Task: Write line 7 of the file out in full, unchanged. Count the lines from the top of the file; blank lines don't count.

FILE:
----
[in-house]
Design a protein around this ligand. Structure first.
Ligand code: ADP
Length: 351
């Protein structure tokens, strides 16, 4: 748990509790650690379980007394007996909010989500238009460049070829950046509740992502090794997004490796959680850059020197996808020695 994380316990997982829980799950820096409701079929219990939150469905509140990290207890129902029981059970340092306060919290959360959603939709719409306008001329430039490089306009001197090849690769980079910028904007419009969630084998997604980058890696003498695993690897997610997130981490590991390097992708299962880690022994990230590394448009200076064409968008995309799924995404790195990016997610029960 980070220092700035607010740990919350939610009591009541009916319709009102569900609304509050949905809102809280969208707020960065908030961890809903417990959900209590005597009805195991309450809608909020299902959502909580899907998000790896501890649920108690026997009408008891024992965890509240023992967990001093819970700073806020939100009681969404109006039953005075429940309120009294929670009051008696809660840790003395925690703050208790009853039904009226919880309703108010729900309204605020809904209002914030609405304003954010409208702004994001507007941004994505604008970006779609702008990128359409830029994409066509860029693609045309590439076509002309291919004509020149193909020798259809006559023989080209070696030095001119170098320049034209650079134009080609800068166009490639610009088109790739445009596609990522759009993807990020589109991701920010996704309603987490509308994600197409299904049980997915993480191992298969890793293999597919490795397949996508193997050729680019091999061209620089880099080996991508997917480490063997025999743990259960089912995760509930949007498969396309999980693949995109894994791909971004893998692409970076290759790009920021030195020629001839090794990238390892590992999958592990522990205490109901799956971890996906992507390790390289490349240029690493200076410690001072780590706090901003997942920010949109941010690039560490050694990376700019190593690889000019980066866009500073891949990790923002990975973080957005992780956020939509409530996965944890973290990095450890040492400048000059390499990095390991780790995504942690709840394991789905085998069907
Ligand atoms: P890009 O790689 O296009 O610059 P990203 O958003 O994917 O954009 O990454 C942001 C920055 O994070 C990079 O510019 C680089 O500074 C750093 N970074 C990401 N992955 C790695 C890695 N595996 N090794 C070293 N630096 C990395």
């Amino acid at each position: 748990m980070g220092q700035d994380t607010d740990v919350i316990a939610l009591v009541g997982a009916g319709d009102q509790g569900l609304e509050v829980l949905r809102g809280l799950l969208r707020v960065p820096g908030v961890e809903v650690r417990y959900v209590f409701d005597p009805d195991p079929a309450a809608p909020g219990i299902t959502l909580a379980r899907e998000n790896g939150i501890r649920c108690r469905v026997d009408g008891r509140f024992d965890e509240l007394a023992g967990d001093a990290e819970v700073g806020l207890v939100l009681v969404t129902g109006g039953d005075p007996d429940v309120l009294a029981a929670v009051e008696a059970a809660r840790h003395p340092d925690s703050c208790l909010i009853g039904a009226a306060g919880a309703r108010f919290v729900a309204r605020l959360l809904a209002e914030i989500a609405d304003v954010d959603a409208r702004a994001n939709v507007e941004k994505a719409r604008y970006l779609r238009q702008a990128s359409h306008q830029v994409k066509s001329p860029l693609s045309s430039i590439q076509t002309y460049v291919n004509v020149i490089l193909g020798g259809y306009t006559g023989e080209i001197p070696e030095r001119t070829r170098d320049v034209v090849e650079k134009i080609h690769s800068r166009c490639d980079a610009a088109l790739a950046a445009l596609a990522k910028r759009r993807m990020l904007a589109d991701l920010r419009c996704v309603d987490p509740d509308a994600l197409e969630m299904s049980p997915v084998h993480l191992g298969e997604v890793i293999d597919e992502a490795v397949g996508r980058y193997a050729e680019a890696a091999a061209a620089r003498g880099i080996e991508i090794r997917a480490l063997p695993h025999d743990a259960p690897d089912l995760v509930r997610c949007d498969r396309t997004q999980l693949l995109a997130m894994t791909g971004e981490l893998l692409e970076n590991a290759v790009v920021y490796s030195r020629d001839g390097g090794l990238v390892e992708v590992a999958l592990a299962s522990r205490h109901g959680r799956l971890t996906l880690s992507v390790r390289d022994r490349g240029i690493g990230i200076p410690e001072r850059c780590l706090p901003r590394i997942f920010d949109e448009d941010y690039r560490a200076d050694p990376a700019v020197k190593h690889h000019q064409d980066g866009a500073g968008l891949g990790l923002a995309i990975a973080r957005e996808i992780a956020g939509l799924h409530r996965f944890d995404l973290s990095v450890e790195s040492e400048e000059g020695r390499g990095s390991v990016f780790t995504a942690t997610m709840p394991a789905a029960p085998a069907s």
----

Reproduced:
């Amino acid at each position: 748990m980070g220092q700035d994380t607010d740990v919350i316990a939610l009591v009541g997982a009916g319709d009102q509790g569900l609304e509050v829980l949905r809102g809280l799950l969208r707020v960065p820096g908030v961890e809903v650690r417990y959900v209590f409701d005597p009805d195991p079929a309450a809608p909020g219990i299902t959502l909580a379980r899907e998000n790896g939150i501890r649920c108690r469905v026997d009408g008891r509140f024992d965890e509240l007394a023992g967990d001093a990290e819970v700073g806020l207890v939100l009681v969404t129902g109006g039953d005075p007996d429940v309120l009294a029981a929670v009051e008696a059970a809660r840790h003395p340092d925690s703050c208790l909010i009853g039904a009226a306060g919880a309703r108010f919290v729900a309204r605020l959360l809904a209002e914030i989500a609405d304003v954010d959603a409208r702004a994001n939709v507007e941004k994505a719409r604008y970006l779609r238009q702008a990128s359409h306008q830029v994409k066509s001329p860029l693609s045309s430039i590439q076509t002309y460049v291919n004509v020149i490089l193909g020798g259809y306009t006559g023989e080209i001197p070696e030095r001119t070829r170098d320049v034209v090849e650079k134009i080609h690769s800068r166009c490639d980079a610009a088109l790739a950046a445009l596609a990522k910028r759009r993807m990020l904007a589109d991701l920010r419009c996704v309603d987490p509740d509308a994600l197409e969630m299904s049980p997915v084998h993480l191992g298969e997604v890793i293999d597919e992502a490795v397949g996508r980058y193997a050729e680019a890696a091999a061209a620089r003498g880099i080996e991508i090794r997917a480490l063997p695993h025999d743990a259960p690897d089912l995760v509930r997610c949007d498969r396309t997004q999980l693949l995109a997130m894994t791909g971004e981490l893998l692409e970076n590991a290759v790009v920021y490796s030195r020629d001839g390097g090794l990238v390892e992708v590992a999958l592990a299962s522990r205490h109901g959680r799956l971890t996906l880690s992507v390790r390289d022994r490349g240029i690493g990230i200076p410690e001072r850059c780590l706090p901003r590394i997942f920010d949109e448009d941010y690039r560490a200076d050694p990376a700019v020197k190593h690889h000019q064409d980066g866009a500073g968008l891949g990790l923002a995309i990975a973080r957005e996808i992780a956020g939509l799924h409530r996965f944890d995404l973290s990095v450890e790195s040492e400048e000059g020695r390499g990095s390991v990016f780790t995504a942690t997610m709840p394991a789905a029960p085998a069907s």